899 words - 4 pages The Philippine news media today is at a state where they seem to be more and more fearless on their commentary and more vigilant in their society. Significant events, like the infamous Maguindanao massacre, where 57 people, including 34 journalists have been slain, and the recently concluded 2010 Philippine elections, where our nation opened another chapter as we inaugurated our 15th President in Benigno Simeon C. Aquino III, the Filipino people

Does news media play a negative role in Pakistan?

2567 words - 10 pages the media most of us know the importance of a vote now . In the present era, it has been observed that news media has put spirit and encouraged people in electing government according to their own choice. In this way, people can change the wrongful decision of government officials. So news media is the source of influencing people to participate in politics and this is the only source of creating awareness in citizens that how to improve and run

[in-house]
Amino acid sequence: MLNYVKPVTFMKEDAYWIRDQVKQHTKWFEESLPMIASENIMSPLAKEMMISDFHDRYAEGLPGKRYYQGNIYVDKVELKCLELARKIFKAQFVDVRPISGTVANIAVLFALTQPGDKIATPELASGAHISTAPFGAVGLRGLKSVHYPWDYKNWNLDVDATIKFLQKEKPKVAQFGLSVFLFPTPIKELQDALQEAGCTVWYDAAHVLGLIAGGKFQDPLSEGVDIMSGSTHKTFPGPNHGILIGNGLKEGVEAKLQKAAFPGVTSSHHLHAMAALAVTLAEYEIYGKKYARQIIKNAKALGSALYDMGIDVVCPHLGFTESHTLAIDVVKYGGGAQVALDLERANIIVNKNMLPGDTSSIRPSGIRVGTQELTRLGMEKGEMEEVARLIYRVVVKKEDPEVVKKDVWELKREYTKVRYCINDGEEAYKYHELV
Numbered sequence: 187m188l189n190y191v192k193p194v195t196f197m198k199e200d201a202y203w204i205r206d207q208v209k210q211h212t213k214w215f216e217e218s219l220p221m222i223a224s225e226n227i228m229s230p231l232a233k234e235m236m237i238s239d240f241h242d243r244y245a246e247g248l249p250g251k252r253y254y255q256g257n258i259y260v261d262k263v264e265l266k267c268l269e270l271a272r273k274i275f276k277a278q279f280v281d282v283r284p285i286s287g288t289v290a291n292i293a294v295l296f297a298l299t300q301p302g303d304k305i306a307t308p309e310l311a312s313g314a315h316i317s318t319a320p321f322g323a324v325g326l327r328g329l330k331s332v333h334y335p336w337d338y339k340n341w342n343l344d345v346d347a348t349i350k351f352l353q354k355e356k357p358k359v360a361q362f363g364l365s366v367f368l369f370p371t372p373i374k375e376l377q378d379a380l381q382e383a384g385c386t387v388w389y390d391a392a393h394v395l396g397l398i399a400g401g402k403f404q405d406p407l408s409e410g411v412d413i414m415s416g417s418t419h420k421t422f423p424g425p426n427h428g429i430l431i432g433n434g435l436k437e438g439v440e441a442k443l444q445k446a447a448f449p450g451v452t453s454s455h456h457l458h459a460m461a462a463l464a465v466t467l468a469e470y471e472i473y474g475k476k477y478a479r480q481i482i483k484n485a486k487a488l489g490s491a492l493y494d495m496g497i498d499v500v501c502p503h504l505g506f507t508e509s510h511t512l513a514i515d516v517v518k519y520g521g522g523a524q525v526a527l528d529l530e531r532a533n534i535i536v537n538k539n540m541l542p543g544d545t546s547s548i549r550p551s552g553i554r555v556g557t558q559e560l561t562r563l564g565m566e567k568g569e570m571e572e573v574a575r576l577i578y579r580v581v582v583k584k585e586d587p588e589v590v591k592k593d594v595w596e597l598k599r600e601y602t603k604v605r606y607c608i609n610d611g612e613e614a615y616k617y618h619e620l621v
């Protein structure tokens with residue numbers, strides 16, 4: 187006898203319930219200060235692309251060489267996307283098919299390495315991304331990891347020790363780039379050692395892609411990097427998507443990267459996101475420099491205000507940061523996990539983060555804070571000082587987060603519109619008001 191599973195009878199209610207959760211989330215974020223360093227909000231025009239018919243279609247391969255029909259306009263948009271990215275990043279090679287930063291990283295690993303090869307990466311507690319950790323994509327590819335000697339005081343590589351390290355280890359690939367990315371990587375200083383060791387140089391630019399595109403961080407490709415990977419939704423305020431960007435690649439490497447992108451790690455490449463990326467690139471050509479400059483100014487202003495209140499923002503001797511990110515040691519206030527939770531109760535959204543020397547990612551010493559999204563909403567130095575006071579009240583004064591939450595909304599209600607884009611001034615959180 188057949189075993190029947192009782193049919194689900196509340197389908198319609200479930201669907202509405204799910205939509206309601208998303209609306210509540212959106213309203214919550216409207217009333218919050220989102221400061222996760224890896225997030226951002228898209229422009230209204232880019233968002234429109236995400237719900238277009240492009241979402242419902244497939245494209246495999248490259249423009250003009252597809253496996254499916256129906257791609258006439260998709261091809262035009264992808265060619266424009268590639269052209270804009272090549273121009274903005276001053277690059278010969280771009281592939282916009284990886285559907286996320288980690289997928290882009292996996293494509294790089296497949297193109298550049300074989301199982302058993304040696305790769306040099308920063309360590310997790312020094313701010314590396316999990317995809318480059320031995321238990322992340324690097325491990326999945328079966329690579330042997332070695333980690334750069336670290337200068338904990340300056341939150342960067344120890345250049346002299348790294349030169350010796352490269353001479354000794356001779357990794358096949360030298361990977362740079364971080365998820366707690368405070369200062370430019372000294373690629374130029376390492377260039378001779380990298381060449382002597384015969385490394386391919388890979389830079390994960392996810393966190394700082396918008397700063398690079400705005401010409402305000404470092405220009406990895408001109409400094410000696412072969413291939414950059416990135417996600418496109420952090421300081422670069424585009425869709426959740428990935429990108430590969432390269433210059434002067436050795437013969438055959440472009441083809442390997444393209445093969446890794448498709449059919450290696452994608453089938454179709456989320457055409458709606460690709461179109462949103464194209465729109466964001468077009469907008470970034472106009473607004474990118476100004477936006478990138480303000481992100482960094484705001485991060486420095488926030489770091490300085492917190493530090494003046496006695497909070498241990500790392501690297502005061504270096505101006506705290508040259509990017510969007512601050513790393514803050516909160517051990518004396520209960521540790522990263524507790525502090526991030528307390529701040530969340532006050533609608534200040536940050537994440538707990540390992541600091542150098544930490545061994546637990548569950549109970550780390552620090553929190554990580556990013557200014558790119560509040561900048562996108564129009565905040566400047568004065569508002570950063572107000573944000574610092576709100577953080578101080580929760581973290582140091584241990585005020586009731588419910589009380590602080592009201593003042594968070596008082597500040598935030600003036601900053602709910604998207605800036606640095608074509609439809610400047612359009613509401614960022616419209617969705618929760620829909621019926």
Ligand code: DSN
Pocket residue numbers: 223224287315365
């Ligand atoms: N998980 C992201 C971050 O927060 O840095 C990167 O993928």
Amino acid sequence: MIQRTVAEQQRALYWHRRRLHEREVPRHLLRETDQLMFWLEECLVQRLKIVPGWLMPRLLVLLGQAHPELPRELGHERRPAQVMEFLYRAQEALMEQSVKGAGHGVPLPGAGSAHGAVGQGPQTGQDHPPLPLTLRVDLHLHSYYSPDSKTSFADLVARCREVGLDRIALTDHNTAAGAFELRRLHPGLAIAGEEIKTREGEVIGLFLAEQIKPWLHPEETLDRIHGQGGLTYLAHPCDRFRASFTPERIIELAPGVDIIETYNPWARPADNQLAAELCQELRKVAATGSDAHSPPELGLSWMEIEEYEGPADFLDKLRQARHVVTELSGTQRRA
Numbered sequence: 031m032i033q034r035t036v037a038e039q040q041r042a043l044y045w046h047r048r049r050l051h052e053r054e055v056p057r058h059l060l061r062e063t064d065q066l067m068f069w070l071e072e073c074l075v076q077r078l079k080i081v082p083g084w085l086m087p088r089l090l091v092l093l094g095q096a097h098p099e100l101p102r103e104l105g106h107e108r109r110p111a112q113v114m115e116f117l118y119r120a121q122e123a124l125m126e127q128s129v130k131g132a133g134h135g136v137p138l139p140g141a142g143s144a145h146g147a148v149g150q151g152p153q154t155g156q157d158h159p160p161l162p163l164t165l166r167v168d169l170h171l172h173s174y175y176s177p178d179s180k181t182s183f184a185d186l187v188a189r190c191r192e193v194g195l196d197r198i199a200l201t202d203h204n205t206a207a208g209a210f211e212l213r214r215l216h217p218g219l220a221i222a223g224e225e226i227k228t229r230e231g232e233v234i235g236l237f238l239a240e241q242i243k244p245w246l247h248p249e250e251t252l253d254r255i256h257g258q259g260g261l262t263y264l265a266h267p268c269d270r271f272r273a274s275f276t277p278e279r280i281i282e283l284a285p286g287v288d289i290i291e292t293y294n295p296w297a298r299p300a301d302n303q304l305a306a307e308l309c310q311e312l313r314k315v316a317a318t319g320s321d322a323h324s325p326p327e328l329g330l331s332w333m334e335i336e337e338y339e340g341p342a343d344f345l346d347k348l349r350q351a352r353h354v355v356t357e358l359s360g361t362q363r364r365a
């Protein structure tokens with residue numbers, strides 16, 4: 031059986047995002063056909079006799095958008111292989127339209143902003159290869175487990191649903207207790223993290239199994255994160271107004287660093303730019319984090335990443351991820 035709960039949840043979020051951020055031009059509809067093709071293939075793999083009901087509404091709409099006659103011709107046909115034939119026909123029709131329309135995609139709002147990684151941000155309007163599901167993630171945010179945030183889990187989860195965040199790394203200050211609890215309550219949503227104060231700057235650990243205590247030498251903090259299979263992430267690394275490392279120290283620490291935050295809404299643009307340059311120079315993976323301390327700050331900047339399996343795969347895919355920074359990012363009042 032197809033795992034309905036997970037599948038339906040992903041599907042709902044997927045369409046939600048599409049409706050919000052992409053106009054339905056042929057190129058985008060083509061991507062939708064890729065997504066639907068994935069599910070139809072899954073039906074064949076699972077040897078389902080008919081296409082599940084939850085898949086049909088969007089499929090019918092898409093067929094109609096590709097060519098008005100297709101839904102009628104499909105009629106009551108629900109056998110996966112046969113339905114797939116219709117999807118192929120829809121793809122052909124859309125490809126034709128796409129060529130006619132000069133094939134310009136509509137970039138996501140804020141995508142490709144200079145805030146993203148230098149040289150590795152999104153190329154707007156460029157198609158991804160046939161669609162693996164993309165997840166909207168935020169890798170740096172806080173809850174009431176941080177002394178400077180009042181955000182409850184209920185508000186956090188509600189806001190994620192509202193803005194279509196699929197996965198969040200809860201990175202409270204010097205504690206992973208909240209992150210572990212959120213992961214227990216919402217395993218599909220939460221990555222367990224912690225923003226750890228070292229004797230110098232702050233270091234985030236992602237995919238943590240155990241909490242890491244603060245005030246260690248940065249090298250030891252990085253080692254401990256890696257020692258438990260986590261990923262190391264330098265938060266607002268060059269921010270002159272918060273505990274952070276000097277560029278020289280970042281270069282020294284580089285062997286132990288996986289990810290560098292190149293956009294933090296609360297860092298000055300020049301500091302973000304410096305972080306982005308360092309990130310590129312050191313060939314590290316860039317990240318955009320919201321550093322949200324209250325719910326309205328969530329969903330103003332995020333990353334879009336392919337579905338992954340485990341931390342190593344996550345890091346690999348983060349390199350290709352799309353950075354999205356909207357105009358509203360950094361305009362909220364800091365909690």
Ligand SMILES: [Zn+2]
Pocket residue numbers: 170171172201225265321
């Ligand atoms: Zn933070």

Internet News A Media Study

2784 words - 11 pages criteria that come to mind when judging the coverage of a news story. Every detail, answering every possible question, who, what, when, where, why and how is obviously top priority. A story missing critical details is certainly not news worthy; but even stories which leave out small pieces of information, can easily be looked upon as weak coverage. Often traditional media is forced to omit particulars due to time or size restraints, and in these

The News Media: A Titan With Titanic Rights and Responsibilities